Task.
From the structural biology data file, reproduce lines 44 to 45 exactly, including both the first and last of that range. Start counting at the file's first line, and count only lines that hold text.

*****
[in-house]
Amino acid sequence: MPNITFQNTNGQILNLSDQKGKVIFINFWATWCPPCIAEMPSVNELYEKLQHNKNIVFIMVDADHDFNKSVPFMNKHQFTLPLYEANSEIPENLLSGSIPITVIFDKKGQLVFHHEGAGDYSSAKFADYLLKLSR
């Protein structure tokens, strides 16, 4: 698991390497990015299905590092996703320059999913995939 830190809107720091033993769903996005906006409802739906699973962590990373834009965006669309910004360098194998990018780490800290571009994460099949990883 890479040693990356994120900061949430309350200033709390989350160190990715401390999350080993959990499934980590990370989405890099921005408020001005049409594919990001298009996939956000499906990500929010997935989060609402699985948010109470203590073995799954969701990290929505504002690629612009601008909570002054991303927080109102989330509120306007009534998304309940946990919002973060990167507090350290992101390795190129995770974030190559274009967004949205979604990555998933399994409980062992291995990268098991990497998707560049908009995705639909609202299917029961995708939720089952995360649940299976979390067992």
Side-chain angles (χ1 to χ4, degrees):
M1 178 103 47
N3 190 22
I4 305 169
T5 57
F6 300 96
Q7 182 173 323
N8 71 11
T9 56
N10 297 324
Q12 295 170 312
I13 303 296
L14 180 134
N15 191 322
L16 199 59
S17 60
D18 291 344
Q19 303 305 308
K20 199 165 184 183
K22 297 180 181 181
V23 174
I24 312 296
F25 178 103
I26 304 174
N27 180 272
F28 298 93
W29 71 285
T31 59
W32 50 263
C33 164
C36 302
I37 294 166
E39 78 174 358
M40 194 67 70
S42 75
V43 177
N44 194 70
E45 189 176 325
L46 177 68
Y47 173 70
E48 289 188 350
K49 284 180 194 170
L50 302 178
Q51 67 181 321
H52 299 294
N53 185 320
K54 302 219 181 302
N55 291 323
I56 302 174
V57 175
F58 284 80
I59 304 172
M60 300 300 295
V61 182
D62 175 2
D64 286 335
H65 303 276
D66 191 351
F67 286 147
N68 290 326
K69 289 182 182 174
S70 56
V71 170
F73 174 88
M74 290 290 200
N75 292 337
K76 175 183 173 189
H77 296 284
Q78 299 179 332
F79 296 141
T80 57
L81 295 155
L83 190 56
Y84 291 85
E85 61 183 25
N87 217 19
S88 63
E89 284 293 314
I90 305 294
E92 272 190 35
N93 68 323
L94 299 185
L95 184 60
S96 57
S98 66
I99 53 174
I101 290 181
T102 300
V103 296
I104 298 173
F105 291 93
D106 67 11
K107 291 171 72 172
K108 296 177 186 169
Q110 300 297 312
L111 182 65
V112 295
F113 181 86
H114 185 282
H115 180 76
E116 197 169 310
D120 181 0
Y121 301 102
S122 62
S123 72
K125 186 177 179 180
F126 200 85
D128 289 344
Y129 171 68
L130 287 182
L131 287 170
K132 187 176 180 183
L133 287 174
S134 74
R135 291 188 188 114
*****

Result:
E48 289 188 350
K49 284 180 194 170